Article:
Two major carmakers are fighting an incentives battle with their key new models in Europe, one of which is not yet on sale.

According to Automotive News Europe (ANE), German buyers of Volkswagen’s Golf, who trade in a non-VW car, can receive a €1,000 discount while rival General Motors Europe (GME) is offering a €1,085 discount package on popular options to buyers who order an Opel Astra  – before the model’s March 19 launch date.

Offering such deals on new models, in the Astra’s case before the car is even launched, is highly unusual, the newspaper noted.

“We want to bridge the gap between the Golf and our Astra launch dates,” Opel spokesman Rüdiger Assion told Automotive News, which said that the Golf was introduced in November.

A German VW dealer reportedly said: “It is an unusual programme at the beginning of the Golf’s lifecycle, but it will help the Golf to stay ahead of the game.

The paper’s report suggests that loss-making GME, now in full recovery mode, sees the new Astra’s successful launch as crucial. Automotive News Europe quotes General Motors Europe president Michael Burns as saying: “2004 will be a watershed year for Golf and Astra in Germany” and added that Burns plans to have half of his organisation concentrating on the Opel/Vauxhall Astra launch.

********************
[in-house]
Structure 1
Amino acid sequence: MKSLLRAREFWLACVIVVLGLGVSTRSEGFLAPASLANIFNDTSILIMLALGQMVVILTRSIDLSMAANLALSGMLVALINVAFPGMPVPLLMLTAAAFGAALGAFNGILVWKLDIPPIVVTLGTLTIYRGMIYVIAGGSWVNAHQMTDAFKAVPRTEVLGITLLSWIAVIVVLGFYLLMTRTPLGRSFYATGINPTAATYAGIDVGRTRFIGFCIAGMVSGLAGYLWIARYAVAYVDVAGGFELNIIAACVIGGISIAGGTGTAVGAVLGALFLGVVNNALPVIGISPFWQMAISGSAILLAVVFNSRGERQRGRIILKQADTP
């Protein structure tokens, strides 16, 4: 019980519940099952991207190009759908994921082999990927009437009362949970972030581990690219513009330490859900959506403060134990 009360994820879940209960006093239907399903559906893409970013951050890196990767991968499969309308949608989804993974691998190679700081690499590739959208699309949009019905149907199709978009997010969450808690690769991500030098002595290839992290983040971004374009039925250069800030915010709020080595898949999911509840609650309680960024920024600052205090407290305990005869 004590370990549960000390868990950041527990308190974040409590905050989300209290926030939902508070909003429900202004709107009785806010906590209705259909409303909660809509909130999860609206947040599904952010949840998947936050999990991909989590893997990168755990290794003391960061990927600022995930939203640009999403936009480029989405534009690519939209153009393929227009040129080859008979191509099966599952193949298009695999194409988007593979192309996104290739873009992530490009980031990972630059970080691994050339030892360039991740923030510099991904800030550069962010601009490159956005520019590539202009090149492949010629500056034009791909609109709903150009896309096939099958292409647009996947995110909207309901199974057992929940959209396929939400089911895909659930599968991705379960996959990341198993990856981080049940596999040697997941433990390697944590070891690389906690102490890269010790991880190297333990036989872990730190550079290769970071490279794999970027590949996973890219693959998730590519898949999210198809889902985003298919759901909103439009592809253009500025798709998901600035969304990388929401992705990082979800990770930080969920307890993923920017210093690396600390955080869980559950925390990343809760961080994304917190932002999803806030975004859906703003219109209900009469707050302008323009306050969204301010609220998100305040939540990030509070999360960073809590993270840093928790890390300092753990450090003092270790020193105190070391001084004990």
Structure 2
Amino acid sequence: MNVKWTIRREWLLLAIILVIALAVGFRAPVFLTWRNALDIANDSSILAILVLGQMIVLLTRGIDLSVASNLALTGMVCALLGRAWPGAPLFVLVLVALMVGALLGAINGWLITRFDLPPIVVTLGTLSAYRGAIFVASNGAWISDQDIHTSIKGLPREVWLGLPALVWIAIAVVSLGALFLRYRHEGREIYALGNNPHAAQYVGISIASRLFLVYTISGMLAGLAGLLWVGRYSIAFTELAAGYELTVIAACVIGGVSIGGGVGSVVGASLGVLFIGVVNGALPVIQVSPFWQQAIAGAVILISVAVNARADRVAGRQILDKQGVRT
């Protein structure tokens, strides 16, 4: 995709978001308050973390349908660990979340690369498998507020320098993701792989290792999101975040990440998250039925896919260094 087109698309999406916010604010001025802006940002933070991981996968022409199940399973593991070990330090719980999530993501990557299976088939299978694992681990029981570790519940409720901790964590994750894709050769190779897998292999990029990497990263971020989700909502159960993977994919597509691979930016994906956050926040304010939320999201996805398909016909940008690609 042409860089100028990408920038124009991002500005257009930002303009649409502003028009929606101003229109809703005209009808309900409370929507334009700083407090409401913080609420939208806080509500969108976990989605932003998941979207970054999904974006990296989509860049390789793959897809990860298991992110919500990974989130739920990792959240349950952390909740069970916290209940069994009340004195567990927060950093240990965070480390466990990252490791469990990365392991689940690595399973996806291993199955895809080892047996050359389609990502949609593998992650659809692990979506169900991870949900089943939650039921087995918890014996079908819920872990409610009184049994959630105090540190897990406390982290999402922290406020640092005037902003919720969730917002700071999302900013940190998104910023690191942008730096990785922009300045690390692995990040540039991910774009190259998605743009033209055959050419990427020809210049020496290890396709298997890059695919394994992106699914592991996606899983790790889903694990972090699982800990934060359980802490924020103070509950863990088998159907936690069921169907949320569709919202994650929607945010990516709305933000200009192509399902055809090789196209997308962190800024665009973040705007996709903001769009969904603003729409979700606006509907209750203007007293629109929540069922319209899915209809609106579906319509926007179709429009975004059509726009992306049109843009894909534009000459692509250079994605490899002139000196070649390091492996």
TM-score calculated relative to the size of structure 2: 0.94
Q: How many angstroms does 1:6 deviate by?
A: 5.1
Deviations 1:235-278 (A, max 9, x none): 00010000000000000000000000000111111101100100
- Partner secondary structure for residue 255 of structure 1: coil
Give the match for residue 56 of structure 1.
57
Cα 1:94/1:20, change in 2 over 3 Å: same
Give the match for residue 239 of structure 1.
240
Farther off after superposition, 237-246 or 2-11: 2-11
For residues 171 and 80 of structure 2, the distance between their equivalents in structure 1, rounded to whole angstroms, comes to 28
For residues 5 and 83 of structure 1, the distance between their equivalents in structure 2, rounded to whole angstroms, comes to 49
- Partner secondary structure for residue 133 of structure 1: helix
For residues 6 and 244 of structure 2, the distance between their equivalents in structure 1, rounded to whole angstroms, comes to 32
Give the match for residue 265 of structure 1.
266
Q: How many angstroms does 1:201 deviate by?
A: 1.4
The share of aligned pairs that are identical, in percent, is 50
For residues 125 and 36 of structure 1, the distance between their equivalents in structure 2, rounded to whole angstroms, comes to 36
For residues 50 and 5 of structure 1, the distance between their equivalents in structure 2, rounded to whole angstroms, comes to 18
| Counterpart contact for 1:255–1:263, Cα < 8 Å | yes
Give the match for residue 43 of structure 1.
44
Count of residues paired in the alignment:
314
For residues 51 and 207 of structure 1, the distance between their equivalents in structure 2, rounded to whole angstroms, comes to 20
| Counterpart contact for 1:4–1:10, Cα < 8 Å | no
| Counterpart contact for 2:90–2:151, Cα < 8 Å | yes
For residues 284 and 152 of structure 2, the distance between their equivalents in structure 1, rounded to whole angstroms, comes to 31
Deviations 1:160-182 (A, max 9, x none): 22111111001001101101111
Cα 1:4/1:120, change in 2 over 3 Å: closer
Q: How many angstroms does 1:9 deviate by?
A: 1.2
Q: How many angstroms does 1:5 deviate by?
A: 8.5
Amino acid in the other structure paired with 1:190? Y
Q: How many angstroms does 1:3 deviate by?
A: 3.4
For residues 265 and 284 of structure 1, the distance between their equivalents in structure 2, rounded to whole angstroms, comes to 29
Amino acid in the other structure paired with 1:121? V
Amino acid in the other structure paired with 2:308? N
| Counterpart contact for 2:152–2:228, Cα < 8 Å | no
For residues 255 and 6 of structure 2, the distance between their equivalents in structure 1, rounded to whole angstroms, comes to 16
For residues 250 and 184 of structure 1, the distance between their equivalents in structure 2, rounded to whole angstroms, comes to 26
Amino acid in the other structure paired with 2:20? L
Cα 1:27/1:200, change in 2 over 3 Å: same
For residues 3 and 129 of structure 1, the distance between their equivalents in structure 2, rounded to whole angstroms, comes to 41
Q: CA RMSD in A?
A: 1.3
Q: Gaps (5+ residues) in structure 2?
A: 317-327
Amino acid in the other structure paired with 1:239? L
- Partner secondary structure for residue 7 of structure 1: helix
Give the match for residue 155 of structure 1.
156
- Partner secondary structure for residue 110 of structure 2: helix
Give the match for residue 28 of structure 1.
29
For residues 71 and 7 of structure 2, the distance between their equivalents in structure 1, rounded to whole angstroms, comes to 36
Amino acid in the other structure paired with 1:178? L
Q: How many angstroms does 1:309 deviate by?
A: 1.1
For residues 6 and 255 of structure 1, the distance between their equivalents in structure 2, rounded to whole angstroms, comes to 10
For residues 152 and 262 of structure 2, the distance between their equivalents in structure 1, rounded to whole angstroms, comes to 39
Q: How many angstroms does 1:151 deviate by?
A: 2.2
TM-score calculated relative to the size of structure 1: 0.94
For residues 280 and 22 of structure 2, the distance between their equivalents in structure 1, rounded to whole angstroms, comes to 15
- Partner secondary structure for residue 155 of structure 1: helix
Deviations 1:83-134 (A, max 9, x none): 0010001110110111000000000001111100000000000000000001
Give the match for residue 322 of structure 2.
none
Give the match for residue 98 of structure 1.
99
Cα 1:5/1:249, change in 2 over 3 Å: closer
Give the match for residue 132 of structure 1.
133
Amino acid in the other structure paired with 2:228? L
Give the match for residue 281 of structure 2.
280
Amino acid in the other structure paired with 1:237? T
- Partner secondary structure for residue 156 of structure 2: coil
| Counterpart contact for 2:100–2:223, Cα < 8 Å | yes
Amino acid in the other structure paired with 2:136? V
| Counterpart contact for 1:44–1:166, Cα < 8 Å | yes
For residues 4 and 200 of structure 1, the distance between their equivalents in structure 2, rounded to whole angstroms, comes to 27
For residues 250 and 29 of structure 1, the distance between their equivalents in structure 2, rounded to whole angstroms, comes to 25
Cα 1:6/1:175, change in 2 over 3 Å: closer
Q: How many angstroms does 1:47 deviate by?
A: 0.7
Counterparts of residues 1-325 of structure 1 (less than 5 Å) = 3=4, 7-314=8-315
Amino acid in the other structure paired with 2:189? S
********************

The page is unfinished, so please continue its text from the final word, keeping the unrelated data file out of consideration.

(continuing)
According to ANE, dealers say that Germans like the new, larger Golf but find it too expensive and one claimed that customers are buying Polos instead because of the high price of the Golf.

The paper said VW launched its incentive programme on January 1 because it was worried that buyers would wait for the launch of the Astra, which will be about €2,000 cheaper than the Golf.

Some German buyers are re-importing new Golfs from neighbouring countries such as Belgium and France because they are cheaper outside Germany, Automotive News Europe noted.

The Golf reportedly accounts for 25% of VW brand sales and traditionally half of the giant carmaker’s profits.

A December survey of 50 VW dealerships by Automobilwoche, a sister publication of Automotive News Europe, showed that German demand for the new Golf was far lower than expected and initial sales were below those of the previous model.

A VW spokesman told the paper that Golf incentives are not being publicised, adding: “It is an internal arrangement for dealers which they can pass on to the customer.”

The Golf also looks expensive in the UK, its major right-hand drive market, where it was launched this month. The popular mid-range SE specification is priced at £14,785 to £16,605, depending on engine. A newly-released rival, Mazda’s 3, costs £12,800 to £14,800 in comparable mid-line TS specification while Vauxhall’s Astra Club, which the company says matches the Golf SE in equipment terms, will cost £12,995 to £14,895 when launched in the spring.

However, the previous Golf is known in the motor trade for its low depreciation and commands higher part exchange and retail prices than rivals.